28 August 2020
Backing a Shires National Park

The universal experience of visitors to Herefordshire is that they leave having had a marvellous time, dazzled by the beauty of the landscape, stuffed with great independent food and produce, and delighted by the warm welcome they have received from the locals. "I had no idea it was so lovely", they say. "We will definitely be coming back."

These feelings have been more in evidence than ever this summer, when so many people have enjoyed staycations in the UK rather than travelling abroad. But they raise a perennial issue: how can we make the most of Herefordshire as a tourist destination? How can we put the county on the map for visitors, and not just for great moments like the Hay Festival, but all the year round?

Now an independent local group led by Paul Bennett has come forward with what I think could be a fantastic project for our future
development: a Shires National Park.

This would be a national park stretching from the Clee Hills in the north to the Malvern Hills in the east down to the Forest of Dean and across to the Welsh Marches. It would potentially take in five counties, but at its centre is the natural bowl of Herefordshire and the Marches.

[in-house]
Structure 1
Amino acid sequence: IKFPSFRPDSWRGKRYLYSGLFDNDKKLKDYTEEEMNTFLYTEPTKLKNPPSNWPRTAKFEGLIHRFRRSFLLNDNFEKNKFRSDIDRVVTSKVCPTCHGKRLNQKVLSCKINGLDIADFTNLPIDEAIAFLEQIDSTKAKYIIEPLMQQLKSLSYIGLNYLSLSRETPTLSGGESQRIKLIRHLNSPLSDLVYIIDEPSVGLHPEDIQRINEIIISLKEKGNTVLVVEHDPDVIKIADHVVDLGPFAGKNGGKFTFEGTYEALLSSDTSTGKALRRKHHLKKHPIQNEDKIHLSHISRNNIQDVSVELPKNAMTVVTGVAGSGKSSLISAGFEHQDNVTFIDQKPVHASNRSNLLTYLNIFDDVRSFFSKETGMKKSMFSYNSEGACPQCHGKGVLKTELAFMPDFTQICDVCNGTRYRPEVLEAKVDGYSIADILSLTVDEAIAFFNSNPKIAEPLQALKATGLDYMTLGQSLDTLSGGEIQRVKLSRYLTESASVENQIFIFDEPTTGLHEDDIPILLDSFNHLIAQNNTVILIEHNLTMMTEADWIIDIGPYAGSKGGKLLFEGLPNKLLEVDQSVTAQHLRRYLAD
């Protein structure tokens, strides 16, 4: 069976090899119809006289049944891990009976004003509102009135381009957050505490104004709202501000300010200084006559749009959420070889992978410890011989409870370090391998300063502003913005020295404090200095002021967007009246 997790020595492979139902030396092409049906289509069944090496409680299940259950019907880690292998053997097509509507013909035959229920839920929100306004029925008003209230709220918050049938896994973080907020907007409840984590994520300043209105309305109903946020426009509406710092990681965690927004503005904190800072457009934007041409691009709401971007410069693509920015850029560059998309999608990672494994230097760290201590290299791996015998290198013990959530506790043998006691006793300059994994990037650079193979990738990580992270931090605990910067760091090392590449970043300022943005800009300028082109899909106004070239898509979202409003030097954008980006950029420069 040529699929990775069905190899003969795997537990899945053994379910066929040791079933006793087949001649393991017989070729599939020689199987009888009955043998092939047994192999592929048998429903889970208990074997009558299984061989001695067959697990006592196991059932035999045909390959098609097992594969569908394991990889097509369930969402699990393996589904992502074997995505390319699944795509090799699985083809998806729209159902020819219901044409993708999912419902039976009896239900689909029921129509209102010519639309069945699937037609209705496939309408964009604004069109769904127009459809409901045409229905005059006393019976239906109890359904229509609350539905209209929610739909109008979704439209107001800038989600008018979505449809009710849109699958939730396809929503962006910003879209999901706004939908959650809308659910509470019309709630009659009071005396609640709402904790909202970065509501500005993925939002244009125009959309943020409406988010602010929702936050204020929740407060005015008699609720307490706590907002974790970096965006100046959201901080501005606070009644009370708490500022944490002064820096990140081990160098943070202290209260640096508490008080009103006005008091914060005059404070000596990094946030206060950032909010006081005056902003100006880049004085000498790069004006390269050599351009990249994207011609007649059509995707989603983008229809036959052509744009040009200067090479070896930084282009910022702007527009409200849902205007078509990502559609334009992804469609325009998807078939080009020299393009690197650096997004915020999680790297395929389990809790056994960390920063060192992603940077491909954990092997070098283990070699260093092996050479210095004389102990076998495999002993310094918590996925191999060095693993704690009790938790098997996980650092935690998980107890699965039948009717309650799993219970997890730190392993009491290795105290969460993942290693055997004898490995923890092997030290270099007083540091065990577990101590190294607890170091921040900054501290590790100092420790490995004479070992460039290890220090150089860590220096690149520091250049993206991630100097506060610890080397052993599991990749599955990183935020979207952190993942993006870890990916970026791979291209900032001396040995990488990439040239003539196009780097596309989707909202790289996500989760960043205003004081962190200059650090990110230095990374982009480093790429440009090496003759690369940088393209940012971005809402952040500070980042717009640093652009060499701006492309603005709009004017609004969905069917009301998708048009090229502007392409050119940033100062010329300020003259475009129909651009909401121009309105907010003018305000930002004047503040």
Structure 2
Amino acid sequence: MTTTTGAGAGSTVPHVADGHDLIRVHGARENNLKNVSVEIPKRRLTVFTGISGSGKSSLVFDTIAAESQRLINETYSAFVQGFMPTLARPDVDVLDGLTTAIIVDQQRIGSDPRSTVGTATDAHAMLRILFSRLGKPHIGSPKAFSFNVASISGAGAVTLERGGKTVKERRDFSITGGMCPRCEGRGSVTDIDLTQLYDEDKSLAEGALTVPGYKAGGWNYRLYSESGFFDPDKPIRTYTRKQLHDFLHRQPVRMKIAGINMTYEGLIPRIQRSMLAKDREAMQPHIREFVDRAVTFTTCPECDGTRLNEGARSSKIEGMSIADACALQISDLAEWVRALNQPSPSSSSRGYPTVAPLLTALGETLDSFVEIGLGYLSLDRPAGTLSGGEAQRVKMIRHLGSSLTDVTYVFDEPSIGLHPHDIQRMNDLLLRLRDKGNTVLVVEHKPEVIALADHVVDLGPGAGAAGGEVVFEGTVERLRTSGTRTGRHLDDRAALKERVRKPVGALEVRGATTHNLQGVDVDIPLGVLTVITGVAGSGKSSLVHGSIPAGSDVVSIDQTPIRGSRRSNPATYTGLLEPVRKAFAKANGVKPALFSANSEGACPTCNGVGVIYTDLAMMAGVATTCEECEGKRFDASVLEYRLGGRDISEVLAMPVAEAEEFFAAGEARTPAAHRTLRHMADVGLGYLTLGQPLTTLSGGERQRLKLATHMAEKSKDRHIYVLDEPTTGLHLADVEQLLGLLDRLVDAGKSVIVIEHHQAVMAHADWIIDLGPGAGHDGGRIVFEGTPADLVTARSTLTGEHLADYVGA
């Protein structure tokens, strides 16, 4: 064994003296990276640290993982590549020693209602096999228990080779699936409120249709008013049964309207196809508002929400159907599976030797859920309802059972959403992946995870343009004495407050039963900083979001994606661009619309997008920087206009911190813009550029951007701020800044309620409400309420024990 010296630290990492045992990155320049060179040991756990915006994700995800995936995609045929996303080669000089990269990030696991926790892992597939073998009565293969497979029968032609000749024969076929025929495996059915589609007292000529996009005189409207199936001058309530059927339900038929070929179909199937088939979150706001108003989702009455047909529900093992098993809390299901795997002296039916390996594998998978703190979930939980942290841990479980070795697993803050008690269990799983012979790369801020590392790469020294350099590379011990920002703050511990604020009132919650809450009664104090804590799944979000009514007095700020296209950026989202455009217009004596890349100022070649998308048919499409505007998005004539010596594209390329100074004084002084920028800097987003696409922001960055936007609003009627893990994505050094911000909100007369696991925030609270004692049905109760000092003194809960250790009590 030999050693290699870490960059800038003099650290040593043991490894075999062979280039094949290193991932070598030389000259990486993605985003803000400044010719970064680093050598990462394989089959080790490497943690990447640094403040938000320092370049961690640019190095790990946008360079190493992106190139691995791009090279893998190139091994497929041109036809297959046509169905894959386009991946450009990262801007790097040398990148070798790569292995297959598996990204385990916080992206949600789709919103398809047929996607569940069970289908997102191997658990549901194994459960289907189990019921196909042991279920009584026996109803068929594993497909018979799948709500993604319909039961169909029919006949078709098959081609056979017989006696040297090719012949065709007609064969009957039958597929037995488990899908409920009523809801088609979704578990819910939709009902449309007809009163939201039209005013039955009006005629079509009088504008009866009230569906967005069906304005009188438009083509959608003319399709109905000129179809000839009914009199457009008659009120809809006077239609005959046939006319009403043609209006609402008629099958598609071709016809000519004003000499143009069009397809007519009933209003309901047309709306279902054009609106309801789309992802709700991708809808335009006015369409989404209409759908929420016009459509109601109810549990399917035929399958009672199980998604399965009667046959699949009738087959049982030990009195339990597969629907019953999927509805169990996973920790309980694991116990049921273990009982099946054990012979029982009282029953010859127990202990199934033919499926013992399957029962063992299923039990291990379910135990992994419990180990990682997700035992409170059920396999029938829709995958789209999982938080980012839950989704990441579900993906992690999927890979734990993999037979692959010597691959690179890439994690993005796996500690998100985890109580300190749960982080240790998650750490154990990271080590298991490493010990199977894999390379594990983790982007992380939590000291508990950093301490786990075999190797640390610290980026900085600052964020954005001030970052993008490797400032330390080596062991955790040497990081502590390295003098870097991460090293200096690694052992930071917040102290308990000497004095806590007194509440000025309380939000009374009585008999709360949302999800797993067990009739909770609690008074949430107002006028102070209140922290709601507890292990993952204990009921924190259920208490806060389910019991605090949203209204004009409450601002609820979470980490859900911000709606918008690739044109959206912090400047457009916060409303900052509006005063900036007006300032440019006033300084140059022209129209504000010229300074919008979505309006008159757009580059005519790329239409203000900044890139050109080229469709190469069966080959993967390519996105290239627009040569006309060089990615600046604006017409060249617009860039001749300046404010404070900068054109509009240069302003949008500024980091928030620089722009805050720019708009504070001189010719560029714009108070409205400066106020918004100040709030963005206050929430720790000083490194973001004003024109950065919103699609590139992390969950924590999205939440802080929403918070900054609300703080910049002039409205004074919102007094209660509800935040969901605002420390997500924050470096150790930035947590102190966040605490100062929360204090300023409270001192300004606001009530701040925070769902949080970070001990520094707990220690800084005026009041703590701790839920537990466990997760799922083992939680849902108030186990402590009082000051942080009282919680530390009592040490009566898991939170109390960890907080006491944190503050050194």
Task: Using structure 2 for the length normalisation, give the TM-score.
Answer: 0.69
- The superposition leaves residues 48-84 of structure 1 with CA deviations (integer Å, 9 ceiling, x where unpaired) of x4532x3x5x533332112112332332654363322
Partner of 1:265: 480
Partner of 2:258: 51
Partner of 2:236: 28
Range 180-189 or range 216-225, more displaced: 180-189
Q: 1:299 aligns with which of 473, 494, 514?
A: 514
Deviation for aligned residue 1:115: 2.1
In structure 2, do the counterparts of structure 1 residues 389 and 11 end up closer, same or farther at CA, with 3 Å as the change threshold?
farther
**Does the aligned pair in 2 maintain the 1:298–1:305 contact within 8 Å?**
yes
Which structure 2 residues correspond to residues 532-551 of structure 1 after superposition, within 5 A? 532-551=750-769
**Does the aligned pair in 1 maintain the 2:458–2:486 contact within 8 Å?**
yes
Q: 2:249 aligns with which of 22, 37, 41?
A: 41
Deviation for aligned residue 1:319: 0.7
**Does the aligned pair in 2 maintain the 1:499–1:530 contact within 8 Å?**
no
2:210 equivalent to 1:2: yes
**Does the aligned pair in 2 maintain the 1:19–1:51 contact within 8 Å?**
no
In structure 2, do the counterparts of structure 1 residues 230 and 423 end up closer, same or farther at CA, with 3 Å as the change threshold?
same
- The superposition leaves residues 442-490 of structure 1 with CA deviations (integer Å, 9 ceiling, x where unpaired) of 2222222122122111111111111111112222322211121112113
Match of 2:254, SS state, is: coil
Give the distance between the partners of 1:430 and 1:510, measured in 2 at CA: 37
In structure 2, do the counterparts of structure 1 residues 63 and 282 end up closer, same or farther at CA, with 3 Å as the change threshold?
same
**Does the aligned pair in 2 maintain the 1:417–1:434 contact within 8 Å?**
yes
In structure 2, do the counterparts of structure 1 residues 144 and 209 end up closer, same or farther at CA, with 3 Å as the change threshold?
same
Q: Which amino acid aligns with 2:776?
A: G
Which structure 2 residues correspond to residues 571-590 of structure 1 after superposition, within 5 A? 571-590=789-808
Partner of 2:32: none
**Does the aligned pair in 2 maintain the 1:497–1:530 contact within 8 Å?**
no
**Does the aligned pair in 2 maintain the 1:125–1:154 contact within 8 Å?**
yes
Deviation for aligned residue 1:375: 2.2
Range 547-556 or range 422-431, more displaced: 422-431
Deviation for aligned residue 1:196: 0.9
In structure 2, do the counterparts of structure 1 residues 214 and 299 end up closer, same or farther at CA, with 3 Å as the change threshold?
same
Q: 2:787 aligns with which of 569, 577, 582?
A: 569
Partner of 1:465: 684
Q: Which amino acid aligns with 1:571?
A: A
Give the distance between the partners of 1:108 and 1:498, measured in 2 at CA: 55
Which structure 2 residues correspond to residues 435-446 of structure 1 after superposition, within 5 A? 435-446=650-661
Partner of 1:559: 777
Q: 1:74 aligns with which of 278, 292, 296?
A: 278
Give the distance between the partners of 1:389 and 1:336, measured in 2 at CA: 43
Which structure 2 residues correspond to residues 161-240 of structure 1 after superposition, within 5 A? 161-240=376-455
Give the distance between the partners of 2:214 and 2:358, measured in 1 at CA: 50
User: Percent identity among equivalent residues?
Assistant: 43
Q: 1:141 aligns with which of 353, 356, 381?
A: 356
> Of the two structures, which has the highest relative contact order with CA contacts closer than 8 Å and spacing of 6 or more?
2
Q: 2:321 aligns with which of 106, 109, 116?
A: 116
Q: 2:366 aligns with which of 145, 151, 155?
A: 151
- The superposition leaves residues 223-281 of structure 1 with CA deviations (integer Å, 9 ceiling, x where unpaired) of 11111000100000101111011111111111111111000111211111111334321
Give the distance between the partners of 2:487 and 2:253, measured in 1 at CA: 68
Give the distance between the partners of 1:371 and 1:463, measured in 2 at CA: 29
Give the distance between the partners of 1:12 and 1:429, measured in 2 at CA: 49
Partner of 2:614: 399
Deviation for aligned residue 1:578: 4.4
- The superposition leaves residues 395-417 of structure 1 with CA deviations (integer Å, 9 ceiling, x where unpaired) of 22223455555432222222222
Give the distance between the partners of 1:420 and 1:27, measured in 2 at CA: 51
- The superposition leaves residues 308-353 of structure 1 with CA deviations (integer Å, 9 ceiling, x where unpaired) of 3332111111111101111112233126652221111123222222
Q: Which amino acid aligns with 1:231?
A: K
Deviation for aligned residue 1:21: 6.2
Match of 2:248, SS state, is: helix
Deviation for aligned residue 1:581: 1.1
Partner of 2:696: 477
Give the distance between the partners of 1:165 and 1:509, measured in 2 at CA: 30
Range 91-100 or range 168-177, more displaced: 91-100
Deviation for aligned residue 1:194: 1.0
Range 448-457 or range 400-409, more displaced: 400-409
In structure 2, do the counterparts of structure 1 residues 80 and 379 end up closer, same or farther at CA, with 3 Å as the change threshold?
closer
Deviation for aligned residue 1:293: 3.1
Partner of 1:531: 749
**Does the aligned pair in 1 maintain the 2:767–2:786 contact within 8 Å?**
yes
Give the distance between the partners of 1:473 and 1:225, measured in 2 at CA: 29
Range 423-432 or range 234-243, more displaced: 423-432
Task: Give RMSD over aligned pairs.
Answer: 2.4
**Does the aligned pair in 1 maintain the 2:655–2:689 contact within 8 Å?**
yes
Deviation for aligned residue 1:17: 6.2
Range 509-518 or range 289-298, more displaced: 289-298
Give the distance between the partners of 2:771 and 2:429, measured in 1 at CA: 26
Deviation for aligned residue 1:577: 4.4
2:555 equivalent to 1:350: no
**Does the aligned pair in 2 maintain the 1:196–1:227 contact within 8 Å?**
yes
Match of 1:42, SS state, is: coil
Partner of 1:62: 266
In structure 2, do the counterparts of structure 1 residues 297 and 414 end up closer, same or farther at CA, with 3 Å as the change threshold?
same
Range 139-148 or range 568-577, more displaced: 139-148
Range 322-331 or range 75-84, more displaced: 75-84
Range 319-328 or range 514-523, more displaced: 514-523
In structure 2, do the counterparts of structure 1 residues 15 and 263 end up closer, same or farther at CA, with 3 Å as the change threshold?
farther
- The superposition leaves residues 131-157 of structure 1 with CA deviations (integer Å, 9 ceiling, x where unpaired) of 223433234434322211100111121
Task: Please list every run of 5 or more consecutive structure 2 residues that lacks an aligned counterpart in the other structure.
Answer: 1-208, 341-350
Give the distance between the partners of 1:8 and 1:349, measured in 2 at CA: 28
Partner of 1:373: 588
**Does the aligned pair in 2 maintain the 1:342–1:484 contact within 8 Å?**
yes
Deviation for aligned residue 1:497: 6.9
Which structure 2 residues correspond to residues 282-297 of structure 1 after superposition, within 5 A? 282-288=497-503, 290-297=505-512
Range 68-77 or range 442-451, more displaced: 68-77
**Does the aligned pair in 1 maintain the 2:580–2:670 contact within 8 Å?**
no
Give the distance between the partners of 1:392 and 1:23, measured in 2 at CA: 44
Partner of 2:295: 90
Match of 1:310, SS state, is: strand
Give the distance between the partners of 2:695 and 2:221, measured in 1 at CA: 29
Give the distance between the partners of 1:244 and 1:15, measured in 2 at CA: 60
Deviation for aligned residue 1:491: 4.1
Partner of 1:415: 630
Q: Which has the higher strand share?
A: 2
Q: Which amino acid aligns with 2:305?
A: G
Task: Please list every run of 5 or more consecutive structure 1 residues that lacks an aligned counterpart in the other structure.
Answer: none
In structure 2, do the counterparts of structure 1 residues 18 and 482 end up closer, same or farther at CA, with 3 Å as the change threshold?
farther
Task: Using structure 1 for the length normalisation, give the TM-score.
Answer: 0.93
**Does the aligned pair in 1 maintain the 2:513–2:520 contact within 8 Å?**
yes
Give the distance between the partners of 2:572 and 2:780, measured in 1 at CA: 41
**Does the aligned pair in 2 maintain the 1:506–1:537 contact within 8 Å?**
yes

Throughout history this has been—geologically, culturally, economically, politically and religiously—a distinct area crossing national boundaries. This is the land of Elgar, the Mappa Mundi and the 1217 Magna Carta, but also the studios where Bohemian Rhapsody was recorded. Six hundred square miles of the UK's most beautiful countryside.

The recent Glover review for the government has opened the way to the creation of a new generation of national parks. It makes clear that there is huge flexibility in the idea, which need not mean onerous new planning restrictions and rules.

We can develop our own approach, treating the area as a single whole, and set a countywide and park-wide strategy for the recovery of nature and improvements to habitat focused on the Wye and Severn, alongside an economic strategy designed to maximise the long term opportunity.

A new Shires Park could hugely assist tourism across the whole area, taking visitors from Symonds Yat to the Black Mountains, from the Malvern Hills to the Monnow Valley. It would be a national destination, giving a great new brand to support local businesses. I think it deserves the closest consideration and support.